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How can you ls everything else the the files *{.tex, .aux}?

I run unsuccessfully

ls -I".tex"
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migrated from stackoverflow.com Aug 30 '09 at 19:18

This question came from our site for professional and enthusiast programmers.

    
Can someone s/else than/except for/g? – las3rjock Aug 30 '09 at 19:21
up vote 1 down vote accepted

Thanks to @sth's answer, I finally found an ls command which works with a prefix selection glob pattern (there the hide option doesn't work); consider:

touch MyDocument{.aux,.auxlock,.bbl,.bcf,.blg,.log,.out,.pgf-plot.gnuplot,.run.xml,.tex,.toc}
touch YourDocument{.aux,.auxlock,.bbl,.bcf,.blg,.log,.out,.pgf-plot.gnuplot,.run.xml,.tex,.toc}

ls                                # list all
# MyDocument.aux               YourDocument.aux
# MyDocument.auxlock           YourDocument.auxlock
# MyDocument.bbl               YourDocument.bbl
# MyDocument.bcf               YourDocument.bcf
# MyDocument.blg               YourDocument.blg
# MyDocument.log               YourDocument.log
# MyDocument.out               YourDocument.out
# MyDocument.pgf-plot.gnuplot  YourDocument.pgf-plot.gnuplot
# MyDocument.run.xml           YourDocument.run.xml
# MyDocument.tex               YourDocument.tex
# MyDocument.toc               YourDocument.toc

ls MyDocument.*                   # prefix search glob only, works fine
# MyDocument.aux      MyDocument.bcf  MyDocument.out               MyDocument.tex
# MyDocument.auxlock  MyDocument.blg  MyDocument.pgf-plot.gnuplot  MyDocument.toc
# MyDocument.bbl      MyDocument.log  MyDocument.run.xml

ls --hide='*.tex'                 # works if no search glob is used
# MyDocument.aux      MyDocument.pgf-plot.gnuplot  YourDocument.blg
# MyDocument.auxlock  MyDocument.run.xml           YourDocument.log
# MyDocument.bbl      MyDocument.toc               YourDocument.out
# MyDocument.bcf      YourDocument.aux             YourDocument.pgf-plot.gnuplot
# MyDocument.blg      YourDocument.auxlock         YourDocument.run.xml
# MyDocument.log      YourDocument.bbl             YourDocument.toc
# MyDocument.out      YourDocument.bcf

ls --hide='*.tex' MyDocument.*    # does NOT work with prefix glob!
# MyDocument.aux      MyDocument.bcf  MyDocument.out               MyDocument.tex
# MyDocument.auxlock  MyDocument.blg  MyDocument.pgf-plot.gnuplot  MyDocument.toc
# MyDocument.bbl      MyDocument.log  MyDocument.run.xml

ls MyDocument!(.tex|.aux)         # works with (FULL!) prefix
# MyDocument.auxlock  MyDocument.blg  MyDocument.pgf-plot.gnuplot
# MyDocument.bbl      MyDocument.log  MyDocument.run.xml
# MyDocument.bcf      MyDocument.out  MyDocument.toc

ls MyDocu*!(.tex|.aux)            # does NOT work w/ partial prefix 
                                  # if * pattern does not terminate (is last before !)
# MyDocument.aux      MyDocument.bcf  MyDocument.out               MyDocument.tex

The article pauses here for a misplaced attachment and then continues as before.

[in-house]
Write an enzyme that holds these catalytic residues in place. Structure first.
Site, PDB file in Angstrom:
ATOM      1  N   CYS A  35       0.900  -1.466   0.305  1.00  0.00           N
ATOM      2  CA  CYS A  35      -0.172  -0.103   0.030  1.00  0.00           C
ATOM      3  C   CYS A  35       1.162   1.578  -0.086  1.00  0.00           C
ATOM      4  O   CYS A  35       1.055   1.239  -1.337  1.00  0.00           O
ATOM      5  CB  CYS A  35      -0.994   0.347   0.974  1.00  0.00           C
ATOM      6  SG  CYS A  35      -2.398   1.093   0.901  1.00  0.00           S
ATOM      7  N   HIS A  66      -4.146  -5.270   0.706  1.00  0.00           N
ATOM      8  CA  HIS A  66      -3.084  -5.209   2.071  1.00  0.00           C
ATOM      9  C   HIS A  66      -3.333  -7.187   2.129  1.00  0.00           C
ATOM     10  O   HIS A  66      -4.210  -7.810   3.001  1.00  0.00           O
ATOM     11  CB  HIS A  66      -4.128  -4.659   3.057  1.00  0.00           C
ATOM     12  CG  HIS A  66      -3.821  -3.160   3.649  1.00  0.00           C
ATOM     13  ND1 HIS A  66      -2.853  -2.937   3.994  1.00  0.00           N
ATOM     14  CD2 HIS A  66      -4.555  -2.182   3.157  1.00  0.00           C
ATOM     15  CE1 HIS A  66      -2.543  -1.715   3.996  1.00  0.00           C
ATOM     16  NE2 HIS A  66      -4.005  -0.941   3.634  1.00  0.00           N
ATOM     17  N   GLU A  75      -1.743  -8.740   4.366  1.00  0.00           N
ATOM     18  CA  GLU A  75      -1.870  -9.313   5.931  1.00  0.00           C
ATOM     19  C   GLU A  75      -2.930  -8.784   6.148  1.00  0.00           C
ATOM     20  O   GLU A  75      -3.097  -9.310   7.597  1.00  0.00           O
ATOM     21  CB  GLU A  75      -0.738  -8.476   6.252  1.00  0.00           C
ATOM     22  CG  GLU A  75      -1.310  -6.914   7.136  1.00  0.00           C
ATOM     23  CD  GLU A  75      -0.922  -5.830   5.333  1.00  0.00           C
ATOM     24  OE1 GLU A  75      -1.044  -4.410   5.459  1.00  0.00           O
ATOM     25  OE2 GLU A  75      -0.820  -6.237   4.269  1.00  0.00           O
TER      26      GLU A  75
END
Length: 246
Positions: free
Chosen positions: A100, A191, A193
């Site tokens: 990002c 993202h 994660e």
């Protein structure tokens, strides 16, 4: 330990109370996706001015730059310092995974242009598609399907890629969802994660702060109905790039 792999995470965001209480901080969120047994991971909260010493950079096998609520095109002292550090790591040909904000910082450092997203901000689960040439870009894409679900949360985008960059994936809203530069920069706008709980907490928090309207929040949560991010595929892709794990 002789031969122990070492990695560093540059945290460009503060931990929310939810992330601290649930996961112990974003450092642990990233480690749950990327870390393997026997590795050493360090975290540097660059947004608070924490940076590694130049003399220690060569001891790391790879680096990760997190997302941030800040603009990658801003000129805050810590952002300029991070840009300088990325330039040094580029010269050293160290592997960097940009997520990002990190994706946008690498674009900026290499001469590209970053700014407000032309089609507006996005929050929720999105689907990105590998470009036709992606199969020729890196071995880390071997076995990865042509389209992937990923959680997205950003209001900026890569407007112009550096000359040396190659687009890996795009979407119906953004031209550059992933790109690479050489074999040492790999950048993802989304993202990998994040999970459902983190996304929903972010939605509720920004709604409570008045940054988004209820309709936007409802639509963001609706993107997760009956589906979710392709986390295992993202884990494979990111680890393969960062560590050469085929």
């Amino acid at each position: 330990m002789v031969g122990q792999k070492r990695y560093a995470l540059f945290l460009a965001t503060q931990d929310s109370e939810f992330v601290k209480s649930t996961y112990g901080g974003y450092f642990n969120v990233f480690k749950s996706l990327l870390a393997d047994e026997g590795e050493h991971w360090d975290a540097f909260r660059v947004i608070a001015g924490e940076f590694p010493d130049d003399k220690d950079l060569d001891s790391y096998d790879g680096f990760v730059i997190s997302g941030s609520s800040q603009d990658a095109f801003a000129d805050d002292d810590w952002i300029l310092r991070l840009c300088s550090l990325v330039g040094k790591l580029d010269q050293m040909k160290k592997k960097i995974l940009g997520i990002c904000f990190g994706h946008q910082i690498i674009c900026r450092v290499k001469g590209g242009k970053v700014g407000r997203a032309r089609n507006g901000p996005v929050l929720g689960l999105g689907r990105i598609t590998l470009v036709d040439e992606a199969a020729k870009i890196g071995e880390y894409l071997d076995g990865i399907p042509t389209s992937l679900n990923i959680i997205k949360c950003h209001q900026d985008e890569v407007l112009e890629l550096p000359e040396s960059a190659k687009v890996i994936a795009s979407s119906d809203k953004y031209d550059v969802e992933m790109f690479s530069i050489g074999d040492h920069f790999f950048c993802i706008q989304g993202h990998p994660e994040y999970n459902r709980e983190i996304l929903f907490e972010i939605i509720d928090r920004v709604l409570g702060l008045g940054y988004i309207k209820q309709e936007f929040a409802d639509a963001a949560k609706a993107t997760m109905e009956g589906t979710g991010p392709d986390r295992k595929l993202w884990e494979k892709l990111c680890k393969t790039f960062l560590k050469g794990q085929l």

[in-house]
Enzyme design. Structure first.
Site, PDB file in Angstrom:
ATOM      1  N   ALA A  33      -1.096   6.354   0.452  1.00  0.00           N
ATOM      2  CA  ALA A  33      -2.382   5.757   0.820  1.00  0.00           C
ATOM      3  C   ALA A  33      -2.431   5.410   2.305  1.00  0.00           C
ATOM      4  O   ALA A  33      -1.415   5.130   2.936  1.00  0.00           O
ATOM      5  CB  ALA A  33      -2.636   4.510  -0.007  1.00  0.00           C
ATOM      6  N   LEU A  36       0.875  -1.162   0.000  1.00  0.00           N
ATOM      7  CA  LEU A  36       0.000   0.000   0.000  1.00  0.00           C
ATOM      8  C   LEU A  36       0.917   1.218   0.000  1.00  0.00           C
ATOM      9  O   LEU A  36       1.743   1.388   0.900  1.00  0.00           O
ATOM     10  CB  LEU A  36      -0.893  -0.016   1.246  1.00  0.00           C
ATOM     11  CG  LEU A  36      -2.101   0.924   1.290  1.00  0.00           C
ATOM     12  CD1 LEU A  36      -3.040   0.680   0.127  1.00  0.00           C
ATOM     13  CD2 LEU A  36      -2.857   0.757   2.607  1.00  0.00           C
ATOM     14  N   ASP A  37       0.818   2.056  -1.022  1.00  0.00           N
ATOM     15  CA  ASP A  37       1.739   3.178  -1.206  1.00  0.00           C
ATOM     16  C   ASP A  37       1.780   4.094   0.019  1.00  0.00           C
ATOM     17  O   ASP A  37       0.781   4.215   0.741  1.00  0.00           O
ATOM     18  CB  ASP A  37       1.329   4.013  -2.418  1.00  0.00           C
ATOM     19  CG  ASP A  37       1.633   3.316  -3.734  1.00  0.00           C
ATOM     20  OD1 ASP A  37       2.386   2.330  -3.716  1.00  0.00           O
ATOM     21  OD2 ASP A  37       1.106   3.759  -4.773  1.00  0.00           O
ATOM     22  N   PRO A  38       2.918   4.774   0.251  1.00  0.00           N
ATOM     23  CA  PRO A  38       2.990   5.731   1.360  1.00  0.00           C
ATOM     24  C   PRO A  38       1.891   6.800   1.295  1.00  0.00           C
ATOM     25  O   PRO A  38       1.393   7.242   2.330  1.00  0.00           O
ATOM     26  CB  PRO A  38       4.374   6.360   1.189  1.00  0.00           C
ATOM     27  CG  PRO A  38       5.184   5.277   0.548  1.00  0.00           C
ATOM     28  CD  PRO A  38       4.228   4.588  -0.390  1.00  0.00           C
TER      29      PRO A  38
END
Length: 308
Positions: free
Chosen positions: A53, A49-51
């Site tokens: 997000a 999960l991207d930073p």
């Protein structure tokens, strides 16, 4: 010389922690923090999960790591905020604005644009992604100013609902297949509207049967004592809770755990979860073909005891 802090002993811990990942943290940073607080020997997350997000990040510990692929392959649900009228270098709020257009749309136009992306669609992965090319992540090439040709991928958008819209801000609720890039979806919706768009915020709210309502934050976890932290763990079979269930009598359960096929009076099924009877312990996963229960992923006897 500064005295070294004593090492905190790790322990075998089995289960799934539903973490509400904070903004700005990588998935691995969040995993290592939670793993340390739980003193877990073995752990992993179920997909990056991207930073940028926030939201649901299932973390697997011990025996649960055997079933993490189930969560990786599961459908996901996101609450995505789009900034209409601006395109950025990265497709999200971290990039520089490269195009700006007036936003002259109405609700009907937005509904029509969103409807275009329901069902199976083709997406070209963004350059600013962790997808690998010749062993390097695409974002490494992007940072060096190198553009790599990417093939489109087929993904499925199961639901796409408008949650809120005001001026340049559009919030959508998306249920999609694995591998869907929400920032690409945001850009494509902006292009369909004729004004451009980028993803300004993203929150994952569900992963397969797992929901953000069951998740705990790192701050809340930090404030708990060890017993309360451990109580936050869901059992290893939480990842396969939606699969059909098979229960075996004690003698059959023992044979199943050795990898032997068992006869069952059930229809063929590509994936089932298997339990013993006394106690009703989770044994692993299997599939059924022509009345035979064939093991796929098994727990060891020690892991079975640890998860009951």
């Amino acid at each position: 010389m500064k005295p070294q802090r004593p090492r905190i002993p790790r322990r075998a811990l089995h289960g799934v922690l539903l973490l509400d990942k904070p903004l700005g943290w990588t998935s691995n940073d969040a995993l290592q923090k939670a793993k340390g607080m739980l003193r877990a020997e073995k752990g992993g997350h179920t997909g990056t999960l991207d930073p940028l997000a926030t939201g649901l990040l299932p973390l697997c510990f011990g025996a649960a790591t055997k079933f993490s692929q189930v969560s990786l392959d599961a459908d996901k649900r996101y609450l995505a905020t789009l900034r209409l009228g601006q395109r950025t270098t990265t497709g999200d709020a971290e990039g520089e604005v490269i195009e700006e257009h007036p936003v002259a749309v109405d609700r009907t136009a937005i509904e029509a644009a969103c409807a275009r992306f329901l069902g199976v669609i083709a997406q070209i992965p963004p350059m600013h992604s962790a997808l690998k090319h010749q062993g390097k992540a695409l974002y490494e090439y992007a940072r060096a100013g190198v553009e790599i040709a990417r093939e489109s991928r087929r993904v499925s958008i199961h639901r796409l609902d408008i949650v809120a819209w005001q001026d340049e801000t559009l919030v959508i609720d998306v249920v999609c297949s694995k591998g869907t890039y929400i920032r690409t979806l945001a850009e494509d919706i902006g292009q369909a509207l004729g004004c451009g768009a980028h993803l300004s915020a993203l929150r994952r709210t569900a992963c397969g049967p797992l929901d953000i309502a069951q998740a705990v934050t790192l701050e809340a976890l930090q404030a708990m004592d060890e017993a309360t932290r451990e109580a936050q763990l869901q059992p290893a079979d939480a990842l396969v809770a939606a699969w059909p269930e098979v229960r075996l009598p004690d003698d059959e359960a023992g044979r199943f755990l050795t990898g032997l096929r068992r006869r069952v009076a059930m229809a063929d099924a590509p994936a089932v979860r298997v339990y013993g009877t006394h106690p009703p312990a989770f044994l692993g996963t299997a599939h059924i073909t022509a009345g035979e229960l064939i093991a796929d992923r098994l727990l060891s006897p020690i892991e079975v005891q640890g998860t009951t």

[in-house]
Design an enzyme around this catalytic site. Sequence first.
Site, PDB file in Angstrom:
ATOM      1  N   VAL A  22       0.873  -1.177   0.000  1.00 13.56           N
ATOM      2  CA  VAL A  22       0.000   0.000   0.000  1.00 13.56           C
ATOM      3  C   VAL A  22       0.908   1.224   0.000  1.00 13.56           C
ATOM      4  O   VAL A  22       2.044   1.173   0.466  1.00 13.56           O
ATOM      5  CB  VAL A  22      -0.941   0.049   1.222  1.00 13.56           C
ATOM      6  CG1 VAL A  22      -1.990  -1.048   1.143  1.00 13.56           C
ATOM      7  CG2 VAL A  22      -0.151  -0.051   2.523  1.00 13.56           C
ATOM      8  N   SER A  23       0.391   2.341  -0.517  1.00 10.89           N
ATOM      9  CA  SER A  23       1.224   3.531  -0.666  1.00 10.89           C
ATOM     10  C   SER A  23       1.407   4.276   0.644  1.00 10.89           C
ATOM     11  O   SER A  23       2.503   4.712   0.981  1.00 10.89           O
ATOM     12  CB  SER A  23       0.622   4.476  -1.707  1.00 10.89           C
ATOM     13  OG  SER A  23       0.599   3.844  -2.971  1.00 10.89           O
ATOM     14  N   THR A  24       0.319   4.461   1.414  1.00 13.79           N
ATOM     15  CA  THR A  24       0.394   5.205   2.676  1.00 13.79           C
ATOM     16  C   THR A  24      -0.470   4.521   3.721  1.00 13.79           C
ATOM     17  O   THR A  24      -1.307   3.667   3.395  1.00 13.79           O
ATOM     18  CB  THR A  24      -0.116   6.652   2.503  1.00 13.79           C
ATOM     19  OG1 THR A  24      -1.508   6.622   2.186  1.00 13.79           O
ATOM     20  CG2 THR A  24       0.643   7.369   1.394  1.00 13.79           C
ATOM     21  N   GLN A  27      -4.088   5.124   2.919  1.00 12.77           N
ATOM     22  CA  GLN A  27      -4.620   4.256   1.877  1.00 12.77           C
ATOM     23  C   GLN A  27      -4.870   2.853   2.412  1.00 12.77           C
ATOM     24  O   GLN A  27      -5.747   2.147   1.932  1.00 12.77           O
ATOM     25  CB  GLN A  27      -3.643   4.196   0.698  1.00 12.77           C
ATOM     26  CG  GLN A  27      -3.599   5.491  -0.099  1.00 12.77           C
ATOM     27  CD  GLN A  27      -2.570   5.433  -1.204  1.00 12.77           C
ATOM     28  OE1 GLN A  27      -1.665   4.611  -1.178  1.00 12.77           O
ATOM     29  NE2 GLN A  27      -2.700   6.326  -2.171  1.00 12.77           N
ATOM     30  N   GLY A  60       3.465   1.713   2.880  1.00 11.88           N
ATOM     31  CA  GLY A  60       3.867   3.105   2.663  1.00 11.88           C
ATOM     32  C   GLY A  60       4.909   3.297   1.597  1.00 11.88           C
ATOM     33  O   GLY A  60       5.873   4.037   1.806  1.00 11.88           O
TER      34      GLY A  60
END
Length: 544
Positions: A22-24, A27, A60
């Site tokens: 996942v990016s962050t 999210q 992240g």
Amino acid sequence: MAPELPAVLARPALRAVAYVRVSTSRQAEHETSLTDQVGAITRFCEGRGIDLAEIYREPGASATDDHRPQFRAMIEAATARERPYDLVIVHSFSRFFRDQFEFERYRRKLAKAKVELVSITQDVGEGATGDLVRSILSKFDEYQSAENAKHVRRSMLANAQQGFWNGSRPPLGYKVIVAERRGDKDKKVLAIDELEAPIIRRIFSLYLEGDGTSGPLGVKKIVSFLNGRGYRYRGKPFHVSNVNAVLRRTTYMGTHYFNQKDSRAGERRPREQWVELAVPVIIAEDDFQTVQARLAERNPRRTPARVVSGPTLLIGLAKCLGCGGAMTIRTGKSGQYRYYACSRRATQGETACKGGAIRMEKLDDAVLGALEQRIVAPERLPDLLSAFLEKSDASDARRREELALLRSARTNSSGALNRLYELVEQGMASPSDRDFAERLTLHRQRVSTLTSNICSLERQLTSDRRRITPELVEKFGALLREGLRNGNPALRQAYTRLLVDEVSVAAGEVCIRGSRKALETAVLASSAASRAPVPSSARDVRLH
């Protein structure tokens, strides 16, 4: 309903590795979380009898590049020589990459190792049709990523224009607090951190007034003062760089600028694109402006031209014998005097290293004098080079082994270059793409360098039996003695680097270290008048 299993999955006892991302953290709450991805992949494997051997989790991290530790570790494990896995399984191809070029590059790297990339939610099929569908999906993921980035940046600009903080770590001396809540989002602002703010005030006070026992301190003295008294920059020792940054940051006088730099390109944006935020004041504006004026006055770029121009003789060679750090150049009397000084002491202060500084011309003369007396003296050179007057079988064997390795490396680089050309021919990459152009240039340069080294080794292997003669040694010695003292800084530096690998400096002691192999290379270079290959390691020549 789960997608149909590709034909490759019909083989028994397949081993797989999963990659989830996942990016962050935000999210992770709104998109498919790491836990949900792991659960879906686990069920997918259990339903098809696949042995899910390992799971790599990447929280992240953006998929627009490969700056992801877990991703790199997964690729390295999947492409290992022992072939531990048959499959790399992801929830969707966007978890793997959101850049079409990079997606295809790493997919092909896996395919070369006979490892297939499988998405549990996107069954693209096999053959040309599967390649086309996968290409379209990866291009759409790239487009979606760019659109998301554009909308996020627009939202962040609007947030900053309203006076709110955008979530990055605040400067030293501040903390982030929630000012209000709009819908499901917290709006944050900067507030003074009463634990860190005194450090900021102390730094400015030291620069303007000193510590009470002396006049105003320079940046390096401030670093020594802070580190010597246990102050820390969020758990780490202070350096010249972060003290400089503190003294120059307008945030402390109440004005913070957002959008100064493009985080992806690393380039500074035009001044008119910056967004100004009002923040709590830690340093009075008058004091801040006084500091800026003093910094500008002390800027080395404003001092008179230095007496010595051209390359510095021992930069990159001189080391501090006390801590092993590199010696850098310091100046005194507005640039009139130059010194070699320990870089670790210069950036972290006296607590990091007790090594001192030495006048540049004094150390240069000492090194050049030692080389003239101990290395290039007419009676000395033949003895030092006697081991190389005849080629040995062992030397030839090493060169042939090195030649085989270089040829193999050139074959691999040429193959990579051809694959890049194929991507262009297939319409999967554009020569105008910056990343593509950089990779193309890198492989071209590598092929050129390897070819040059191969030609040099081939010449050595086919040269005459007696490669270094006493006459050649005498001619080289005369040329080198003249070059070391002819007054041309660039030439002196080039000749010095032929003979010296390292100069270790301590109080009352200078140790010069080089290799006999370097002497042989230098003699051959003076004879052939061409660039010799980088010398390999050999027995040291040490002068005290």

# MyDocument.auxlock  MyDocument.blg  MyDocument.pgf-plot.gnuplot  MyDocument.toc
# MyDocument.bbl      MyDocument.log  MyDocument.run.xml

ls MyDocu*.!(tex|aux)             # does work w/ partial prefix, if * pattern terminates
                                  # (here termination is with dot . coming before ! )
# MyDocument.auxlock  MyDocument.blg  MyDocument.pgf-plot.gnuplot
# MyDocument.bbl      MyDocument.log  MyDocument.run.xml
# MyDocument.bcf      MyDocument.out  MyDocument.toc

So, the answer for this case is to use ls PREFIX*.!(ext1|ext2), or in other words: "list files starting with 'PREFIX' and any characters until a dot '.', which is not followed by ext1 or ext2".

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1  
I think this is the best answer because it has the most accurate explanations why the last approach is the correct choice. Thank you for your answer with clear explanation! – Masi Oct 11 '14 at 15:37
ls -I*.tex -I*.aux

or

ls --hide=*.tex --hide=*.aux
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If you use bash and have the extglob shell option set (which is usually the case):

ls !(*.tex|*.aux)
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1  
This is the one. See this same question over at ServerFault: serverfault.com/questions/41783/… – Telemachus Aug 30 '09 at 19:53
1  
Or this question at Stack Overflow: stackoverflow.com/questions/670460/move-all-files-except-one Which is a question by the same user where I already gave the same answer... – sth Aug 30 '09 at 20:21
1  
@Sth: Well, you got two upvotes out of it from me at least. (I only remembered the thread on Serverfault, since I learned this trick there.) – Telemachus Aug 30 '09 at 21:12

If you're using zsh with EXTENDED_GLOB option set:

pattern~negpattern

where 'pattern' is what you want to match, except for anything matching 'negpattern'.

Example:

ls -d *~*.mp3

will list all the files in your cwd except those ending in '.mp3'.

If you're not using zsh, give it a try, this kind of intelligent expansion is everywhere.

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you may use:

ls | grep -v *.tex | grep -v *.aux
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I don't think that does what you think it does. grep takes regular expressions as parameters, not shell wildcards. Also, the shell will expand those wildcards first anyway. – Greg Hewgill Aug 30 '09 at 19:22
    
"ls | grep -v .tex | grep -v .aux" seems to work. (On my machine, ls does not take the -I or --hide flags.) – las3rjock Aug 30 '09 at 19:48
    
You could also use a regex with egrep: ls | egrep -v '(aux|tex)$' – mtak Apr 4 '14 at 6:48

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